Much to the chagrin of their fans, the New York Yankees had done relatively little so far this offseason. Despite a glaring need to improve their starting rotation, GM Brian Cashman had stood pat to this point; his only semi-major move re-signing Freddy Garcia. Frustration grew within rabid New York fans as they watched C.J. Wilson sign in Anaheim and groaned as the team refused to pay the steep price for Oakland starters Gio Gonzalez and Trevor Cahill and seemed unlikely to meet the inordinately high asking price for Cubs starter Matt Garza. Questions started to be asked; who, outside of ace C.C. Sabathia, was going to win games for the Yankees in 2012? Surely a rotation that included Ivan Nova, Phil Hughes, A.J. Burnett, and Freddy Garcia wasn’t going to be enough.

Then comes last night.

First, the Yankees made a blockbuster trade sending uber hitting prospect Jesus Montero to the Seattle Mariners along with righthander Hector Noesi for young phenom pitcher Michael Pineda and fellow righthander Jose Campos. It’s not often that two of the game’s most promising young players are traded, let alone for one another. This is, without a doubt, the biggest trade so far this winter.

Not long after that trade was announced (hell, before it was even finalized), Cashman dropped another bomb on the quiet, unassuming baseball world by signing veteran Japanese righthander and former Dodger Hiroki Kuroda to a one-year, $10-million deal.

In about an hour, at a time when nobody in the media traditionally pays any attention (Friday after 5pm is the one time you break news to the press when you don’t want much reaction), the New York Yankees added a tremendous amount of rotation depth for 2012 and beyond.

The trade makes a lot of sense on both sides.  The Mariners needed a middle-of-the-order bat and they seemed an odd fit for free agent first baseman Prince Fielder despite their apparent interest in him. So, instead of spending $150-million or more on a 27-year-old, they acquired a 22-year-old with six years of cheap control and seemingly endless offensive potential in Montero for the one thing they do have organizationally: young starting pitching. They also acquire a useful pitcher who projects in either the rotation or the bullpen immediately in Noesi.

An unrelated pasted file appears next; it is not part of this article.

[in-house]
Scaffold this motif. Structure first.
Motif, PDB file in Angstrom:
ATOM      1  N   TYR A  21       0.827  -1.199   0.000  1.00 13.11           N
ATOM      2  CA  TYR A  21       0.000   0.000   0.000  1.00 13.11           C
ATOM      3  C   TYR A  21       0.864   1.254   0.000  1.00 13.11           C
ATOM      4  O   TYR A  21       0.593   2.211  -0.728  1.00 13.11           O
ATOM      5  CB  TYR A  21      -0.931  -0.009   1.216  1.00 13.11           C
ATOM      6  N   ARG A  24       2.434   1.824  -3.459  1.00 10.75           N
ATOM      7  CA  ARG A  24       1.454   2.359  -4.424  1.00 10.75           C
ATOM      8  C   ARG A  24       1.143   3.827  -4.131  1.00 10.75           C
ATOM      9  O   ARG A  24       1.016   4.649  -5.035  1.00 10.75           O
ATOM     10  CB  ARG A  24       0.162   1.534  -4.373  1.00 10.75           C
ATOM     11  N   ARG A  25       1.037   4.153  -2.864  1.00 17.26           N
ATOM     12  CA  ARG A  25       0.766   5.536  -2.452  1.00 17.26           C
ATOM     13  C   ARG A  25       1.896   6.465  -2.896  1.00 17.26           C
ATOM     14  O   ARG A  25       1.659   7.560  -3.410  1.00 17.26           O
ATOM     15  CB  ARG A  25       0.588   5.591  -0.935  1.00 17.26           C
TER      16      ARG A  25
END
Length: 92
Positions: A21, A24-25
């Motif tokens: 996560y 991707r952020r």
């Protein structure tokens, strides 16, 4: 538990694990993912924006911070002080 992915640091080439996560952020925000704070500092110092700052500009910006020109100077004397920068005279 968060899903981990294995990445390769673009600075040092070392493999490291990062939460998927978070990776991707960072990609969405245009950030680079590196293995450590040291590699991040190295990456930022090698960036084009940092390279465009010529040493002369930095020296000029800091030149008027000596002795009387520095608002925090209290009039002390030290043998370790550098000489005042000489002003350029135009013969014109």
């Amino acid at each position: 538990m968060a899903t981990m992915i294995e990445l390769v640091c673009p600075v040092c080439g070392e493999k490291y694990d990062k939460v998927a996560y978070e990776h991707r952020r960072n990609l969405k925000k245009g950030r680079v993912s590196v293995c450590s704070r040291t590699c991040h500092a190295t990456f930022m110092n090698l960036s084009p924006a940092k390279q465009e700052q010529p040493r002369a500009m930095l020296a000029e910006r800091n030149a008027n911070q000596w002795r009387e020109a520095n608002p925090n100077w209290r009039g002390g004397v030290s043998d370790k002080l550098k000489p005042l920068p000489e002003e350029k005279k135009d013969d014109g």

The price was certainly steep. Pineda is, simply put, one of the best young pitchers in the game. Last year as a rookie, he struck out almost a quarter of the batters he faced while walking less than a third of that. He was better than AL Rookie of the Year Jeremy Hellickson, but lack of run support from the anemic Mariners led to a mediocre 9-10 record, more than likely costing him the award in the eyes of arcane voters.

Certainly the switch from pitcher-haven Safeco Field to Yankee Stadium (and to the powerhouse AL East) will be an adjustment, but it’s one that Pineda has more than enough talent to make with ease.

Many among fans and the media are quick to point out that Brian Cashman has the easiest job in baseball. After all, his team spends over $200-million on the Major League payroll alone; far more than any other franchise in baseball. That kind of money certainly allows one to hide expensive mistakes. But, in my opinion, Cashman is one of the very best GMs in the game. Not only do the Yankees consistently have one of the better farm systems in baseball, but Cashman always seems to pull the right strings. Lots of teams have money, few of them spend it with such success as the Yankees.

Yesterday was a prime example of the brilliance of Cashman. Yes, he gave up one of the most talented offensive young players in baseball, but a player who does not have a defensive position. He certainly has enough bat to be a career DH, but the Yankees are littered with aging stars from Alex Rodriguez to Derek Jeter to Mark Teixeira; and they need the DH spot relatively open to rotate those players in and out and keep them fresh.